Bourbon production up, KY Governor wants review on barrel tax

FRANKFORT, KY (WAVE) - The Governor of Kentucky is saying bourbon may be taxed too much.  In these tough economic times bourbon and alcohol taxes have brought in a lot of revenue, but Gov. Steve Beshear is concerned that the taxes are a burden on the state's signature industry.

There are pieces of Kentucky all over the world. Bourbon is exported to 260 different countries.

"It's America's native spirit," said Ellen Crouch, English Bar Manager at the Brown Hotel. "So that speaks volumes for the whole nation."

Crouch says dozens of people come in every month on the Urban Bourbon Trail, developed in 2008. People have a passport and get stamped at select bars across Louisville, which produces 1/3 of the state's bourbon. This is just one attraction in the state that produces 95 percent of the world's bourbon. According to the Governor, the industry that has increased 50 percent since 1999.

"During the worst economic crisis and recession of our lifetimes, the bourbon industry has been a very bright spot," said Beshear.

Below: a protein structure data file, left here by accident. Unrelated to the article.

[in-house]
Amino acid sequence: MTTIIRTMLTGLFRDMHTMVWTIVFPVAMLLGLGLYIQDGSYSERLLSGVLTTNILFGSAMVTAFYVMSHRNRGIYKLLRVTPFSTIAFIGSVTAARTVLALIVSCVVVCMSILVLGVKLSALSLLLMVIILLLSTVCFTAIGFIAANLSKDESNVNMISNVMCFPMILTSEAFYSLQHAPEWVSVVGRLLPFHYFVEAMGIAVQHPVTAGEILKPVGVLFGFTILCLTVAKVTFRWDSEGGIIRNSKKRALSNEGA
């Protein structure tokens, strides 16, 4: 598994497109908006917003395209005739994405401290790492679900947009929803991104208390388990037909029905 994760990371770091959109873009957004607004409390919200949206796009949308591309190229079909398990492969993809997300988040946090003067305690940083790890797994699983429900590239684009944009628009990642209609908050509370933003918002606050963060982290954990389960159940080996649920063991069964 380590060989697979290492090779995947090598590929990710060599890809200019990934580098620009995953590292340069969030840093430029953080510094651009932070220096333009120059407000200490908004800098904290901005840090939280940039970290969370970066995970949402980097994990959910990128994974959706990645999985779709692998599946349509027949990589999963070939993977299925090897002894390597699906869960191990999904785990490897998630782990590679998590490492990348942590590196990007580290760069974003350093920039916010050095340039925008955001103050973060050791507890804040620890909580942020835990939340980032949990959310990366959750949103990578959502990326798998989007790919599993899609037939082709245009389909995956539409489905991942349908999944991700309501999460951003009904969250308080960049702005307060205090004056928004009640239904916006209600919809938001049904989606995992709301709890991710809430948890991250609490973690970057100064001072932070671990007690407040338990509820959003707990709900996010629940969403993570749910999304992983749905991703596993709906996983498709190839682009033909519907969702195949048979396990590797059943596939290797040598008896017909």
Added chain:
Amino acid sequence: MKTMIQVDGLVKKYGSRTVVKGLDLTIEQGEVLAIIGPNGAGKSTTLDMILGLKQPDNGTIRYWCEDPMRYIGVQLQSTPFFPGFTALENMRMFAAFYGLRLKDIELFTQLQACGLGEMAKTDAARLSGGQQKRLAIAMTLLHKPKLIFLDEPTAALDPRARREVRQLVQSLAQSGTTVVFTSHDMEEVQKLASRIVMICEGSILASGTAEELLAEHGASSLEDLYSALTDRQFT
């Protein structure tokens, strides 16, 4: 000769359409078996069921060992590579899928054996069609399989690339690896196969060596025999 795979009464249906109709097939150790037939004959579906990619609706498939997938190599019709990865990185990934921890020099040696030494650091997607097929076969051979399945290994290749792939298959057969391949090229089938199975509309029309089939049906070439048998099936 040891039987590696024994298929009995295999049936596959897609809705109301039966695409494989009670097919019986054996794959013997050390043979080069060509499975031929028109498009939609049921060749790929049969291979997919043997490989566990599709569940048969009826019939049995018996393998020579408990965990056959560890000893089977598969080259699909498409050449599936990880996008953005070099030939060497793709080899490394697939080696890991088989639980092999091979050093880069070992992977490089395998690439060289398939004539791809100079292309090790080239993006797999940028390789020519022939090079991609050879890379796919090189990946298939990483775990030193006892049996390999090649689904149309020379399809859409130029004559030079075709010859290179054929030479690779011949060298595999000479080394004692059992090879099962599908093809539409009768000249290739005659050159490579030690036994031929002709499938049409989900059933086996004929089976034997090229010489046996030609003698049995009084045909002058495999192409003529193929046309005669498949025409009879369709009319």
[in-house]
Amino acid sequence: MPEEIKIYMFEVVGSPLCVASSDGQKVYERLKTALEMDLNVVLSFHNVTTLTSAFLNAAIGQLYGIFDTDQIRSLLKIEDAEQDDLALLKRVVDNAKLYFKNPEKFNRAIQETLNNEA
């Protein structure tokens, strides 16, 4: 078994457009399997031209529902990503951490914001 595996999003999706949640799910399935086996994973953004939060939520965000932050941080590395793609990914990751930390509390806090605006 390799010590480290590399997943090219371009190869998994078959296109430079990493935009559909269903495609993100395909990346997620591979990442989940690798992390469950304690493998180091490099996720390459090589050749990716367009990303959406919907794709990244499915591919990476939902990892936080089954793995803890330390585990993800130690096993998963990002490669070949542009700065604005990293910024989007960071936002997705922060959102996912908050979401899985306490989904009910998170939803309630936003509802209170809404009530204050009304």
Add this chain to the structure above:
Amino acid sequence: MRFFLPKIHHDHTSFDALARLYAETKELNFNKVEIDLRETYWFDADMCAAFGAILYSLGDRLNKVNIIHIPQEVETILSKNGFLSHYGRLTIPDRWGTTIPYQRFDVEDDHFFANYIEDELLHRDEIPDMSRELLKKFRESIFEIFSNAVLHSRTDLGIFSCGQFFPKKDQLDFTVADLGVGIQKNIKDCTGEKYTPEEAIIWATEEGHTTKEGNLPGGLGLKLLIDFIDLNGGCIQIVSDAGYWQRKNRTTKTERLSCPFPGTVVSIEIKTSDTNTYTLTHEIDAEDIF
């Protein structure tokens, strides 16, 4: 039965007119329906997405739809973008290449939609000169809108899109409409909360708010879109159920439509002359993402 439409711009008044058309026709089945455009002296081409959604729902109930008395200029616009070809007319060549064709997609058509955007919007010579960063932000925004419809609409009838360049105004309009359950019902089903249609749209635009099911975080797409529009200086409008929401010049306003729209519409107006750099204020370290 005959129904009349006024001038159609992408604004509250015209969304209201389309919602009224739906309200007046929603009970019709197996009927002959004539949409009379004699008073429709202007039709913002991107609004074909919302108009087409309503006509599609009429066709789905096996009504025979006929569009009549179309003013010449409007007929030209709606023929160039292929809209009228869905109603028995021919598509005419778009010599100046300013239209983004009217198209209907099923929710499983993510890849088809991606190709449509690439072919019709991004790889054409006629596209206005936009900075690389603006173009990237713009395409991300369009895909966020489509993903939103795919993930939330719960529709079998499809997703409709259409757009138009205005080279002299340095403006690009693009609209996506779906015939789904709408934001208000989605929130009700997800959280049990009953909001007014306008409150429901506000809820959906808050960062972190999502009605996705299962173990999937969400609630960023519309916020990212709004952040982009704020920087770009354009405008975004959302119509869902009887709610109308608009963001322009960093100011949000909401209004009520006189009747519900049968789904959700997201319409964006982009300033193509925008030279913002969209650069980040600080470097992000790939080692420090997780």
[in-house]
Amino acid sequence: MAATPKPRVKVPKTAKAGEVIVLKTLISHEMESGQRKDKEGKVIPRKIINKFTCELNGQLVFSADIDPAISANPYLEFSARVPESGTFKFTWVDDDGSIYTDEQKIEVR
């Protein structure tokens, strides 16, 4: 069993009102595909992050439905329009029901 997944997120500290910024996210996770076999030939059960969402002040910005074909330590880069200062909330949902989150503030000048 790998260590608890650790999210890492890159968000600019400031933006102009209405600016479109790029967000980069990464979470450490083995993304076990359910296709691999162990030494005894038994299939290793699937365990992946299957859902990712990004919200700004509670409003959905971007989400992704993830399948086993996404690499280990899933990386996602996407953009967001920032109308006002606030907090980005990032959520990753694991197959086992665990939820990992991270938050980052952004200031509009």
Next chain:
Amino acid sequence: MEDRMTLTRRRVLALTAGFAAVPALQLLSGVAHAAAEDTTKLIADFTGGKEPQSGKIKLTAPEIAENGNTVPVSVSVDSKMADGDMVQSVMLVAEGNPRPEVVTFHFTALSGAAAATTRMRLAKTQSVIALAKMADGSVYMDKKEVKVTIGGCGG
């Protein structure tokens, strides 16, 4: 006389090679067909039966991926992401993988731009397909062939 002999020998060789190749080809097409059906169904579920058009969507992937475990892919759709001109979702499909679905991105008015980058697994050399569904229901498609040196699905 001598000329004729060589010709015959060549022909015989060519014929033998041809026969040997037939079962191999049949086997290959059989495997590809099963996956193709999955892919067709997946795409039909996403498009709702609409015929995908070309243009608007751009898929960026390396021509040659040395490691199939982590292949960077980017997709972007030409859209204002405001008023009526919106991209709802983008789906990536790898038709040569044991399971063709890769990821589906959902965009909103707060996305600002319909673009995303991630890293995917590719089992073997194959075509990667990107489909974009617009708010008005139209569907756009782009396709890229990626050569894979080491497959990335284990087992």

According to The Economic and Fiscal Impacts of the Distilling Industry in Kentucky by Paul Cooms and Barry Kornstien at the University of Louisville, surging visitor's centers and investments in distilleries have created jobs and $338 million in additional tax revenue since 2008.

Not everyone, however, sees this revenue as a good thing.

"For Kentucky to maintain its dominance in the industry we must revise these burdensome tax policies that threaten to force distilling operations to move out of state," said David Adkisson, President and CEO of the Kentucky Chamber of Commerce.

According to the report Kentucky's taxes on spirits are some of the highest in the nation. The only two open market states higher are Alaska and Illinois.

Beshear is calling for a review of the barrel tax.

"I do think it's time to look at that tax," said Gov. Steve Beshear. "We've got a signature industry here, and we need to be treating them in such a way as they want to be here, and they want to stay here, and they want to grow here."

Kentucky currently hosts 43 percent of all distilling jobs in the country, according to that report.

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